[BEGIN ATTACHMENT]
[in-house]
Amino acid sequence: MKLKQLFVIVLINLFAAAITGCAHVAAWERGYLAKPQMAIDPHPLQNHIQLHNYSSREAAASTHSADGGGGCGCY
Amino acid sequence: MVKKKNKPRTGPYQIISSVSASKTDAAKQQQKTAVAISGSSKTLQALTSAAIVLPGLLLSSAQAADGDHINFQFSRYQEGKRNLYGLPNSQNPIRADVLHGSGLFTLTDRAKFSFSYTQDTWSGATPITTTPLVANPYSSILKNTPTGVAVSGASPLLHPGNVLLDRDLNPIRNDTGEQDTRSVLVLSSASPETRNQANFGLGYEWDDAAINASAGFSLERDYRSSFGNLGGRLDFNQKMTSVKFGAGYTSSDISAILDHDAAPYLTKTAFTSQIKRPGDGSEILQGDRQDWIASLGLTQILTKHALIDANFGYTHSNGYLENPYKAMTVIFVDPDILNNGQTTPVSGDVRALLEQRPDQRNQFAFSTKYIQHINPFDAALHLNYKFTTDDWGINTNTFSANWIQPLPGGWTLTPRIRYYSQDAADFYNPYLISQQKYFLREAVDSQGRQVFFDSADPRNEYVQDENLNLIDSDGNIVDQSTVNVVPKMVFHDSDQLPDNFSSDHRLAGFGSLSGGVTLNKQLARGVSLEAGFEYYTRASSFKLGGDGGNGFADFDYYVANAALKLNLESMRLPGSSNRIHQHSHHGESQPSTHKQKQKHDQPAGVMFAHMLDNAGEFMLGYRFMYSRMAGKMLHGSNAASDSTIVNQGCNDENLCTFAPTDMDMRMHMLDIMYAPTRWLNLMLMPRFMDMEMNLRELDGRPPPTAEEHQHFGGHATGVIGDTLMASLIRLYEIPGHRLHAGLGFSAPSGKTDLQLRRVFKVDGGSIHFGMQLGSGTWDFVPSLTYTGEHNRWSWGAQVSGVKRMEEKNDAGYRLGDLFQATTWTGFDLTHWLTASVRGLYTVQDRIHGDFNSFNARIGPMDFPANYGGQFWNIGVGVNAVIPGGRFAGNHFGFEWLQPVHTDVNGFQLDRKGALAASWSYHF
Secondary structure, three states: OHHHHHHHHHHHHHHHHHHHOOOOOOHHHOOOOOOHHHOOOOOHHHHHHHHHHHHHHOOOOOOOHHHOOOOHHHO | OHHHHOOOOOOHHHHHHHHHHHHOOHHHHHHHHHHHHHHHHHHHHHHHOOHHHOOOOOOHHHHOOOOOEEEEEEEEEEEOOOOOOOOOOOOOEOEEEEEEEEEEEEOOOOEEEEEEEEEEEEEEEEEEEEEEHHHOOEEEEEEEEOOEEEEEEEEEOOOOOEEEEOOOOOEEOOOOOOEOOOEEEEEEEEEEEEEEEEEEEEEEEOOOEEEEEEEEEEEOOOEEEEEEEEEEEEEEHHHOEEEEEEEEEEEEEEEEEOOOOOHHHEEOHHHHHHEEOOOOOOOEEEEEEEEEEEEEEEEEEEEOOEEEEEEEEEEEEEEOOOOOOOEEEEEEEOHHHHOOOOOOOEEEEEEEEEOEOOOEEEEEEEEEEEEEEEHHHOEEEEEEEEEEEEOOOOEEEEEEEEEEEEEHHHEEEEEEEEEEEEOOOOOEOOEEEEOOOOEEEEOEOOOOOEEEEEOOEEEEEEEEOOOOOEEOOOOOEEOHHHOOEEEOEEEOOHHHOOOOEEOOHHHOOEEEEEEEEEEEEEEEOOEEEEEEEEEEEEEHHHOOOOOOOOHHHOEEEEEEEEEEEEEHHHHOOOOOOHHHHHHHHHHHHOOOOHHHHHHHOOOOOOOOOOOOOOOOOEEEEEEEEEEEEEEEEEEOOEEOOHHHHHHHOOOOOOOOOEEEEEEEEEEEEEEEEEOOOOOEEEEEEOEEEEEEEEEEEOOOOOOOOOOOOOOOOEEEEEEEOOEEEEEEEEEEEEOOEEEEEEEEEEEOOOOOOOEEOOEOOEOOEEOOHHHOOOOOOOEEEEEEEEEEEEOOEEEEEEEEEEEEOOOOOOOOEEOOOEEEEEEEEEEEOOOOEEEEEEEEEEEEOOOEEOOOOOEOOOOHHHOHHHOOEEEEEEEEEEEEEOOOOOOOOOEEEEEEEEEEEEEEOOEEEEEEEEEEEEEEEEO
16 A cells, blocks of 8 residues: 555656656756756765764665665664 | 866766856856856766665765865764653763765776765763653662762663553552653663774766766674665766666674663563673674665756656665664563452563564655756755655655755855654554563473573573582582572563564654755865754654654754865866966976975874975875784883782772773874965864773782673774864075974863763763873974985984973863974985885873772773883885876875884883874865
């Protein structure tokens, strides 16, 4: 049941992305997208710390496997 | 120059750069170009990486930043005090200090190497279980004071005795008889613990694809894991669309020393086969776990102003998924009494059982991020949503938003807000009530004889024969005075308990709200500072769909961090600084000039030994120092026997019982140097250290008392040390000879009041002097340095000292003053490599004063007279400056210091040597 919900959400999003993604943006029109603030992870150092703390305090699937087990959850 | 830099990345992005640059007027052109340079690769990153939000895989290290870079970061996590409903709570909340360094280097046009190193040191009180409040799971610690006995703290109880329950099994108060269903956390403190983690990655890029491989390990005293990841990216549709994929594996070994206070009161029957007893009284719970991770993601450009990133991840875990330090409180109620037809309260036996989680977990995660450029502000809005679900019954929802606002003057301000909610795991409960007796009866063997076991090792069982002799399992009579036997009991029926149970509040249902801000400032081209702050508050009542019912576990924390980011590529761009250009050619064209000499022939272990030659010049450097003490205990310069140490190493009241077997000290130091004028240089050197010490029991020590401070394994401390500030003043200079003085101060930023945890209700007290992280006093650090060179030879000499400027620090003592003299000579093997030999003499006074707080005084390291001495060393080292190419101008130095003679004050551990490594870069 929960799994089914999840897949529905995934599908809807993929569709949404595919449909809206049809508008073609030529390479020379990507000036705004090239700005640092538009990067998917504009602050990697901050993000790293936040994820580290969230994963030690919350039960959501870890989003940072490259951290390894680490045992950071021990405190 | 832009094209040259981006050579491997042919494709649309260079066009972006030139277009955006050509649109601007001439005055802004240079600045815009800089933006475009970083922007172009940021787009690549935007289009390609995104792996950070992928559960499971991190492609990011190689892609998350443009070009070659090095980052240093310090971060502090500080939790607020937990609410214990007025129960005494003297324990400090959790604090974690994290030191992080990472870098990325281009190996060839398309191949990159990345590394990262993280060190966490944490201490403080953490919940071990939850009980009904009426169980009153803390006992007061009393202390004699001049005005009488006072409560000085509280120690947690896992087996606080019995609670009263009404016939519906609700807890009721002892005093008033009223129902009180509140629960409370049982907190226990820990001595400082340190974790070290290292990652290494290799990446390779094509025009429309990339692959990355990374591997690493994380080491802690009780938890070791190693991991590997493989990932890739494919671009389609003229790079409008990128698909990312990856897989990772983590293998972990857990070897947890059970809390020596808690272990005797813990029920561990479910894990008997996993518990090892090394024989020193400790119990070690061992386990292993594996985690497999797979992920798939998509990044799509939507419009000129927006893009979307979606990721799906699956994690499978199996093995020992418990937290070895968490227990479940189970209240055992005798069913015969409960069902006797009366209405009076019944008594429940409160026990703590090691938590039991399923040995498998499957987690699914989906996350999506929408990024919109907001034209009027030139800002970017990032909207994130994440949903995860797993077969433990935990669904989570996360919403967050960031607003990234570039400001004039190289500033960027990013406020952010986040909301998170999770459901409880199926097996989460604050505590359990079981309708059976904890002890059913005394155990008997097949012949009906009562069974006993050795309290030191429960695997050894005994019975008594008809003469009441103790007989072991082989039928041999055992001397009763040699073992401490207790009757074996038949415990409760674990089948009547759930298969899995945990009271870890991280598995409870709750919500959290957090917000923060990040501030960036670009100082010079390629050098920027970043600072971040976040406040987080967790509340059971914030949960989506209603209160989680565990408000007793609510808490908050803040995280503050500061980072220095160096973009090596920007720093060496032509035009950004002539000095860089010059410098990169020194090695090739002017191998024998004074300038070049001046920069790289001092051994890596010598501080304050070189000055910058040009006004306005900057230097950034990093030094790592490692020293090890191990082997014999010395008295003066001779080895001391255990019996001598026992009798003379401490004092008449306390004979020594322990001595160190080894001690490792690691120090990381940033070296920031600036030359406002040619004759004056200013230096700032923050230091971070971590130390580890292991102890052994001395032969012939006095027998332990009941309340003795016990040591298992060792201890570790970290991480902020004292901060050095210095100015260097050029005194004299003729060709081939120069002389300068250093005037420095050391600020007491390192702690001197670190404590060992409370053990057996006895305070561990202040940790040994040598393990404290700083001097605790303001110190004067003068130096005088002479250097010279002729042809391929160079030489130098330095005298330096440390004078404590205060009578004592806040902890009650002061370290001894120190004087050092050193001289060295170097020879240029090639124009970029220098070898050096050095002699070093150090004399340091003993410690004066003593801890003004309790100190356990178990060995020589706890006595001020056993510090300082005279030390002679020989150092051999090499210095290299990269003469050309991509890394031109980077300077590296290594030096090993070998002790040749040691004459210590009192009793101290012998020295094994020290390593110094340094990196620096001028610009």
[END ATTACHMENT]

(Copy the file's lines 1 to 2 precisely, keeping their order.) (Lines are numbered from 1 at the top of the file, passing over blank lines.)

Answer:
[in-house]
Amino acid sequence: MKLKQLFVIVLINLFAAAITGCAHVAAWERGYLAKPQMAIDPHPLQNHIQLHNYSSREAAASTHSADGGGGCGCY